Profiles of Artistes, Composers, Musicologists
Unless otherwise specified, the profiles in this section are from
The Garland, Another Garland, Yet Another Garland and The Fragrant Garland by Mr.N.Rajagopalan

MAHADEVA ANNAVI - VEENA & BHARATANATYAM
A distinguished family from Tirunelveli. Senthilvel Annavi headed a line of renowned artistes for five generations and over. Mahadeva Annavi, son of Senthilvel Annavi was a reputed teacher who trained many in veena and bharatanatyam. Thulajah Rajah of Tanjore presented him with a house and lands of over sixty acres. The Tanjore Quartette were sons of Mahadeva.


MALI (T.R.MAHALINGAM) - FLUTE WIZARD............(November 6, 1926 - May 31, 1986)
It is the privilege and sagacity of a chosen few to conjure up grand classical visions of supreme sublimity presenting beauteous graces and portraying graceful beauty. They open up magnificent vistas of art, enchant the cognoscenti and the lay. The spell outlasts their period of glory and fame. Sarabha, the flautist, Maharajapuram Viswanatha Ayyar and Pushpavanam, the vocalists, T.N.Rajarathinam, the nagaswara player and S.G.Kittappa, the dramatist are specimens of this legendary galaxy. To this aristocracy of art belongs T.R.Mahalingam, popularly called Mali. When Sarabha left after two and thirty years in 1904, there was a vacuum with Palladam Sanjiva Rao and others holding charge. It was left to Talagnayar in Tanjore district to present after a lapse of two decades a flute prodigy who staged a quick and massive presence, plundered the hearts of music-lovers and looted all praise! His debut was immediate in 1933 at the age of seven at the Tyagaraja Festival, Mylapore. Like the eastern sun which shoots out sans twilight on the Marina, there was no period of apprenticeship or vegetating. The lad came with his magician's play on the bamboo flute and was crowned king!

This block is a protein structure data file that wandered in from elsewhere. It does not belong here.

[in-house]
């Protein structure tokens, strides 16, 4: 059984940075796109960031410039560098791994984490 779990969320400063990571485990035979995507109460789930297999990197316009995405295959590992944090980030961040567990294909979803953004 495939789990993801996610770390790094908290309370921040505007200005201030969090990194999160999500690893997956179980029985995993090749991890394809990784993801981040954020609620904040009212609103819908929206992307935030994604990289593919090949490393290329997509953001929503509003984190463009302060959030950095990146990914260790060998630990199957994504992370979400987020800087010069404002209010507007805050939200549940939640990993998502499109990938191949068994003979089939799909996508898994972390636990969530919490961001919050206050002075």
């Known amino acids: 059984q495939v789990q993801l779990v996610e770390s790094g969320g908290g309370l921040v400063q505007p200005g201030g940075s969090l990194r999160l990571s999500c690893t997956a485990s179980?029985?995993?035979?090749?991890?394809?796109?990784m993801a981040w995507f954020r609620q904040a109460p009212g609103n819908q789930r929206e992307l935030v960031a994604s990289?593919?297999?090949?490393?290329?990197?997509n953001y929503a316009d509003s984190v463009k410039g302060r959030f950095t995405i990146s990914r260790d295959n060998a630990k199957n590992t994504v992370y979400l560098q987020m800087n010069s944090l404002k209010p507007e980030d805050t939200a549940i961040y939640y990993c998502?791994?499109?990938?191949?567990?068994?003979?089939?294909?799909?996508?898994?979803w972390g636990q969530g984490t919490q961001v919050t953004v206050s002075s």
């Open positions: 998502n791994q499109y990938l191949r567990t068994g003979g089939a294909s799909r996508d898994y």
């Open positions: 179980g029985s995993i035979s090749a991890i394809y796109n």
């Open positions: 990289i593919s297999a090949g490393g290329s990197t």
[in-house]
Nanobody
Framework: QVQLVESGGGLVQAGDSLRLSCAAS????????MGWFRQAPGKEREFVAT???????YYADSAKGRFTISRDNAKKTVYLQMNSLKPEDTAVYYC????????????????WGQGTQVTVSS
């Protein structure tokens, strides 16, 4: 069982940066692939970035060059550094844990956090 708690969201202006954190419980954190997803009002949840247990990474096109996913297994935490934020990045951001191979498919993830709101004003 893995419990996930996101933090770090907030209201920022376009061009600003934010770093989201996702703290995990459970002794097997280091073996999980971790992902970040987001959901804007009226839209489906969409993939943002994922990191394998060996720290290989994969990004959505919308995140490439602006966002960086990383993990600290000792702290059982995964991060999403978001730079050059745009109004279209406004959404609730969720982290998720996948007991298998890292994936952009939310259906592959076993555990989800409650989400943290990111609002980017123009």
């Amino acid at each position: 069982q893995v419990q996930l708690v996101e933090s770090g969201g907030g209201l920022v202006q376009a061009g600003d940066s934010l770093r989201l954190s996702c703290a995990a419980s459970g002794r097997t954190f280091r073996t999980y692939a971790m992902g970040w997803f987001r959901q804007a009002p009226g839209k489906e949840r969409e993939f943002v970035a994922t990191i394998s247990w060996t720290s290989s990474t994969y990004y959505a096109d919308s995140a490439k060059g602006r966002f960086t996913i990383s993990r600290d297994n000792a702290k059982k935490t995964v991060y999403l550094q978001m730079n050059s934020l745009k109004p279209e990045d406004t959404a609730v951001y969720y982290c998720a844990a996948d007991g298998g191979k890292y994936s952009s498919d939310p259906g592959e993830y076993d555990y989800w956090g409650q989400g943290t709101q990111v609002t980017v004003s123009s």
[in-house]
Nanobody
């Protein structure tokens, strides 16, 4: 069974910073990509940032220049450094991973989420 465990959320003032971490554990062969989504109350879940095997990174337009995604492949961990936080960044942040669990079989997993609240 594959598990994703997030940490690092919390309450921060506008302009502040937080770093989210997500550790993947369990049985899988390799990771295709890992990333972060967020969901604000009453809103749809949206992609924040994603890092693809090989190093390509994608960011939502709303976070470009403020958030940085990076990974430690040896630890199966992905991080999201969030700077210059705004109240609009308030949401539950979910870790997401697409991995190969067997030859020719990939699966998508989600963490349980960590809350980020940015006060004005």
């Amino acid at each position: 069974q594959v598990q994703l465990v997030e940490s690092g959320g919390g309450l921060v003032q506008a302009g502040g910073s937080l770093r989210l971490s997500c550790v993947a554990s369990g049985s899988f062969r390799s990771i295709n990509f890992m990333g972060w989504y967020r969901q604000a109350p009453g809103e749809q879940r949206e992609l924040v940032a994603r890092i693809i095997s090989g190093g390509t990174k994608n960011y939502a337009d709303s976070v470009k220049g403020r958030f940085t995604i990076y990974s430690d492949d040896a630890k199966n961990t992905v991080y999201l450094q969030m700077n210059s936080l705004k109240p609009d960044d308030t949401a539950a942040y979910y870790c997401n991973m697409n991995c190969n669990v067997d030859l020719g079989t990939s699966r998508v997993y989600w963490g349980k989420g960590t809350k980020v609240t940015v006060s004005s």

His exhilarating flute-play dwarfed the mature, sedate play of palladam Sanjiva Rao, who, incidentally, did not evince interest in taking the boy as his ward. There is no account of Mali following the footprints of Ekalayva but like Uthukadu Venkatasubba Ayyar, he was his own master - with the difference that Mali could not emulate the Uthukadu pattern of sublime private life! Music-lovers thronged Mali's concerts. An eka santha grahi, he saw the contours of raga shapes on the horizon and developed his play pouring out enchanting, titillating alapanas and swaras with the support of his tender lungs. His melody blitzkrieged the music world and the audience sat soaked in transcendental melody, chaste and warm, mind and body tuned to the vibrant but soulful music. Like Venna Balachander, Mali is credited with evolving a style close to vocal rendition that took care of the sahitya and the bhava conveyed therein. Mali's rendition enraptured the audience and he was a legend as a teenager. "Verily a divine messenger in Carnatic music, he knew its boundless dimensions.'

Son of Ramaswami Ayyar, Mali was born at Tiruvidaimarudur and learnt vocal music from Jalra Gopala Ayyar along with his elder brother Gouthaman. He switched over to flute soon. His ascent to the top centre stage was so quick and dynamic that there was difficulty in finding accompaniment as juniors felt dazed while seniors were ill at ease to be sidemen to a boy ! Quite soon, reluctance of seniors gave place to a sush to participate in his concerts ! Mali - Palghat Mani were the select top pair like Miller - Lindwall or Prasanna - Chandrasekhar in cricket and S.G.Kittappa and K.B.Sunderambal in drama. There was perfect identity of approach, anticipation and understanding between the two colossuses in presenting, rhythm supported melody, vibrant music each prodding and complementing the other. The identity did not rest with partnership on the concert stage and forming a grand alliance. Both were prodigies; both shot into fame like the Caesar's veni, vidi, vici; and both left this planet in the month of May ! It is perplexing that unpredictable Mali and stoic Mani could forge an enduring partnership. They were poles apart in personal traits and yet they understood and appreciated the artistic merits of each other well. Mahalingam left a rich crop of disciples in Dr.N.Ramani, Dr. Prapancham Seetharam, T.S.Sankaran. N.Kesi, Dindigul Natarajan, N.S.Srinivasan, K.S.Narayanan and L.Sundaram.